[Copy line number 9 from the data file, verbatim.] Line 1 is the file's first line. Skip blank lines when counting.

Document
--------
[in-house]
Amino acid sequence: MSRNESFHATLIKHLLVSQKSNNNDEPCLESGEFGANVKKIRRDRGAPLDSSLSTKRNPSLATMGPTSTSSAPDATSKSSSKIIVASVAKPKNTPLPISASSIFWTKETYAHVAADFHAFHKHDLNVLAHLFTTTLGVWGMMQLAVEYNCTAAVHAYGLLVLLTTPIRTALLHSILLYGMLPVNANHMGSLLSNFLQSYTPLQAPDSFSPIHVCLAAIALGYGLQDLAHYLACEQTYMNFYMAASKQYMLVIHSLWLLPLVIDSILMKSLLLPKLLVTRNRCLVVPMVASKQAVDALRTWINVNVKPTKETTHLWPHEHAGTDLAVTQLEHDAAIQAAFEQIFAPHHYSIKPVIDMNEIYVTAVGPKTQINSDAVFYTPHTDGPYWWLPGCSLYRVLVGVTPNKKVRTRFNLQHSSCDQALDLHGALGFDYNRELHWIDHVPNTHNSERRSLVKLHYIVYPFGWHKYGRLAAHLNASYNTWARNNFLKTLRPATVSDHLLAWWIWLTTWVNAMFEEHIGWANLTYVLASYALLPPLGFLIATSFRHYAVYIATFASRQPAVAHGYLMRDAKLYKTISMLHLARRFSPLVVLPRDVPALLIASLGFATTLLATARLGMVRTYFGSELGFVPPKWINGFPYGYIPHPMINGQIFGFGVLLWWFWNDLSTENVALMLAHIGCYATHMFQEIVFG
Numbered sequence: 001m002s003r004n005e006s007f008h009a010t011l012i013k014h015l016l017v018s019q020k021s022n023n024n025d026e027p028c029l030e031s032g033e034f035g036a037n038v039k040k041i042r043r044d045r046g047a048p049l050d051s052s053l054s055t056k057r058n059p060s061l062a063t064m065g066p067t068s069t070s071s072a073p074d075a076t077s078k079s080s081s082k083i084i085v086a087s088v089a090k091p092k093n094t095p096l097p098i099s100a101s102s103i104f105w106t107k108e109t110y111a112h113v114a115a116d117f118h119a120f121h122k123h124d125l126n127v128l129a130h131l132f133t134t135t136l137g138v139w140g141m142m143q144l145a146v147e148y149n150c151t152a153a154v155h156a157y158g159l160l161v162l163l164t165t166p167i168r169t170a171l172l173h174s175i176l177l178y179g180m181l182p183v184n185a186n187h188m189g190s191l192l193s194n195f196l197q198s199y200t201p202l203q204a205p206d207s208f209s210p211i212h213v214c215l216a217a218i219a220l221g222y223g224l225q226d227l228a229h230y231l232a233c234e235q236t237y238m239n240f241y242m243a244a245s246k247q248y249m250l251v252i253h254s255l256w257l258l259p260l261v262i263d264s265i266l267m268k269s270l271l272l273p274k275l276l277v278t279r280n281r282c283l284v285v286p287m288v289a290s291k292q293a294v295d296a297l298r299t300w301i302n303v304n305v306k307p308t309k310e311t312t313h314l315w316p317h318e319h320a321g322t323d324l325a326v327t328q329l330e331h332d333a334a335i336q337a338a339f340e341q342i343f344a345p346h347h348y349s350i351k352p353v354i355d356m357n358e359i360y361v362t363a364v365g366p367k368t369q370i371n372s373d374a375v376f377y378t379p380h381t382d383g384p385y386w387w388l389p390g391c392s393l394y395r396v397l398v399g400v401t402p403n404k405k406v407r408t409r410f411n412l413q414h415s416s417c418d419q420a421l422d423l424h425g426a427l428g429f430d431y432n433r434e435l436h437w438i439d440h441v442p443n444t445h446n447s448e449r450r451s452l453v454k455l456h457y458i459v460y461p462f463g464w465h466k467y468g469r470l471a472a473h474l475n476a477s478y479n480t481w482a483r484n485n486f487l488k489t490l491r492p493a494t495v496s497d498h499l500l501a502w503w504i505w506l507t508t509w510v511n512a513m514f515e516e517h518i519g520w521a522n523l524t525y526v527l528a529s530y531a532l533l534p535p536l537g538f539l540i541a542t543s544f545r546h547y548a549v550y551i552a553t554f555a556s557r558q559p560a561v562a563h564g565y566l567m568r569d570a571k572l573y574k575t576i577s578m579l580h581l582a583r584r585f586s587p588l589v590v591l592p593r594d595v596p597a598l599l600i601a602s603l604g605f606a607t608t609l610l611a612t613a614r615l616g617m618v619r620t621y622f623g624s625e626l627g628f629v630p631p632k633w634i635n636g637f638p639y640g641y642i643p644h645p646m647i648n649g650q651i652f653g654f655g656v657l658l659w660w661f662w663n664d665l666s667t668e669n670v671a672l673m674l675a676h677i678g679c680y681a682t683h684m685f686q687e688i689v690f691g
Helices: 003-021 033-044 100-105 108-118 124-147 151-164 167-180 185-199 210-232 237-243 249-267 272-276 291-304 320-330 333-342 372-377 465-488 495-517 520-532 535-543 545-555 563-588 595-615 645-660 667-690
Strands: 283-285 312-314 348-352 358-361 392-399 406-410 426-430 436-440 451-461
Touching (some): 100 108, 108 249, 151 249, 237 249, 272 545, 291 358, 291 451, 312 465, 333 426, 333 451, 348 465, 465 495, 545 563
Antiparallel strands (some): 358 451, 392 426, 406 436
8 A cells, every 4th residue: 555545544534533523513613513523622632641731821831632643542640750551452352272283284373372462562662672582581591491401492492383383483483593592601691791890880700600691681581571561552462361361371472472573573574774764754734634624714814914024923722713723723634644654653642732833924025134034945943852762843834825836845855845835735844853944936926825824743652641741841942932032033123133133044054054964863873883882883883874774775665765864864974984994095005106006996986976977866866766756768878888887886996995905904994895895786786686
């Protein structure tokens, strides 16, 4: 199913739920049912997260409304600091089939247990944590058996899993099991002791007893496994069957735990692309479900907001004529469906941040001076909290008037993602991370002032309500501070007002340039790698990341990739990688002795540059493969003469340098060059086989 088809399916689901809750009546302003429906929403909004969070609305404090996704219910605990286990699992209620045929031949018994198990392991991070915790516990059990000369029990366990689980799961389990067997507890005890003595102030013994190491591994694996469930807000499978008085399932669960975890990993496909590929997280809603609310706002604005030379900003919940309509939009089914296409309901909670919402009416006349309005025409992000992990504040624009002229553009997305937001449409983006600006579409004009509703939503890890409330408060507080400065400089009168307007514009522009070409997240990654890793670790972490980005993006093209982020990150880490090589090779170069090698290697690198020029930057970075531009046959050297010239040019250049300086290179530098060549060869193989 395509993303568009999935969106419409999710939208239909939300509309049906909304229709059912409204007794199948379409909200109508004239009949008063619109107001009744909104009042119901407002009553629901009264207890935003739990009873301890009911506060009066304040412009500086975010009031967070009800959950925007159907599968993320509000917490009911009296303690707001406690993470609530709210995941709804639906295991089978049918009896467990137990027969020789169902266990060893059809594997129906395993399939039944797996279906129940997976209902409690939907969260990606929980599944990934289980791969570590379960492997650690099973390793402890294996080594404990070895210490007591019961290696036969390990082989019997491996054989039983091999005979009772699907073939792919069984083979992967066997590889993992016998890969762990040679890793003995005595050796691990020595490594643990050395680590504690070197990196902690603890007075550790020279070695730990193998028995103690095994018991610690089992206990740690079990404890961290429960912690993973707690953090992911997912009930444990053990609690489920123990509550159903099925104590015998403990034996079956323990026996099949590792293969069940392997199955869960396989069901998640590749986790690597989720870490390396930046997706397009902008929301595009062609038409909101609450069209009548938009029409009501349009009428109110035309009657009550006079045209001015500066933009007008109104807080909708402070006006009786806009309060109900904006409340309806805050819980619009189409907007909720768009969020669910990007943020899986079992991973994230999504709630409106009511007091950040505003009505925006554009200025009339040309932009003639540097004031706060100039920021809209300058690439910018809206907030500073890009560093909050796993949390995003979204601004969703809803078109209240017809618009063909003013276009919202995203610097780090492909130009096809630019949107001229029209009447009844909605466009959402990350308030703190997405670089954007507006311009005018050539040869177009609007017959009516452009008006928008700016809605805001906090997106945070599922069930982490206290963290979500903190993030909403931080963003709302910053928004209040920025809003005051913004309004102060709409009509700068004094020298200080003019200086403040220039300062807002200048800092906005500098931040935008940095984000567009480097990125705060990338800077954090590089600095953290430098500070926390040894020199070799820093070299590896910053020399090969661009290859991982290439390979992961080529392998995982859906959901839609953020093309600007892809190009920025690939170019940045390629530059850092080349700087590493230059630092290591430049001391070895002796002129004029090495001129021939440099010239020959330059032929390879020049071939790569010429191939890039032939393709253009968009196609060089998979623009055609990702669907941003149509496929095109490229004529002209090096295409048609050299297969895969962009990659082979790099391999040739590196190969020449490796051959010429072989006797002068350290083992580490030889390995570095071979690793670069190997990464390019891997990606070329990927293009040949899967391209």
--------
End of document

């Protein structure tokens, strides 16, 4: 199913739920049912997260409304600091089939247990944590058996899993099991002791007893496994069957735990692309479900907001004529469906941040001076909290008037993602991370002032309500501070007002340039790698990341990739990688002795540059493969003469340098060059086989 088809399916689901809750009546302003429906929403909004969070609305404090996704219910605990286990699992209620045929031949018994198990392991991070915790516990059990000369029990366990689980799961389990067997507890005890003595102030013994190491591994694996469930807000499978008085399932669960975890990993496909590929997280809603609310706002604005030379900003919940309509939009089914296409309901909670919402009416006349309005025409992000992990504040624009002229553009997305937001449409983006600006579409004009509703939503890890409330408060507080400065400089009168307007514009522009070409997240990654890793670790972490980005993006093209982020990150880490090589090779170069090698290697690198020029930057970075531009046959050297010239040019250049300086290179530098060549060869193989 395509993303568009999935969106419409999710939208239909939300509309049906909304229709059912409204007794199948379409909200109508004239009949008063619109107001009744909104009042119901407002009553629901009264207890935003739990009873301890009911506060009066304040412009500086975010009031967070009800959950925007159907599968993320509000917490009911009296303690707001406690993470609530709210995941709804639906295991089978049918009896467990137990027969020789169902266990060893059809594997129906395993399939039944797996279906129940997976209902409690939907969260990606929980599944990934289980791969570590379960492997650690099973390793402890294996080594404990070895210490007591019961290696036969390990082989019997491996054989039983091999005979009772699907073939792919069984083979992967066997590889993992016998890969762990040679890793003995005595050796691990020595490594643990050395680590504690070197990196902690603890007075550790020279070695730990193998028995103690095994018991610690089992206990740690079990404890961290429960912690993973707690953090992911997912009930444990053990609690489920123990509550159903099925104590015998403990034996079956323990026996099949590792293969069940392997199955869960396989069901998640590749986790690597989720870490390396930046997706397009902008929301595009062609038409909101609450069209009548938009029409009501349009009428109110035309009657009550006079045209001015500066933009007008109104807080909708402070006006009786806009309060109900904006409340309806805050819980619009189409907007909720768009969020669910990007943020899986079992991973994230999504709630409106009511007091950040505003009505925006554009200025009339040309932009003639540097004031706060100039920021809209300058690439910018809206907030500073890009560093909050796993949390995003979204601004969703809803078109209240017809618009063909003013276009919202995203610097780090492909130009096809630019949107001229029209009447009844909605466009959402990350308030703190997405670089954007507006311009005018050539040869177009609007017959009516452009008006928008700016809605805001906090997106945070599922069930982490206290963290979500903190993030909403931080963003709302910053928004209040920025809003005051913004309004102060709409009509700068004094020298200080003019200086403040220039300062807002200048800092906005500098931040935008940095984000567009480097990125705060990338800077954090590089600095953290430098500070926390040894020199070799820093070299590896910053020399090969661009290859991982290439390979992961080529392998995982859906959901839609953020093309600007892809190009920025690939170019940045390629530059850092080349700087590493230059630092290591430049001391070895002796002129004029090495001129021939440099010239020959330059032929390879020049071939790569010429191939890039032939393709253009968009196609060089998979623009055609990702669907941003149509496929095109490229004529002209090096295409048609050299297969895969962009990659082979790099391999040739590196190969020449490796051959010429072989006797002068350290083992580490030889390995570095071979690793670069190997990464390019891997990606070329990927293009040949899967391209």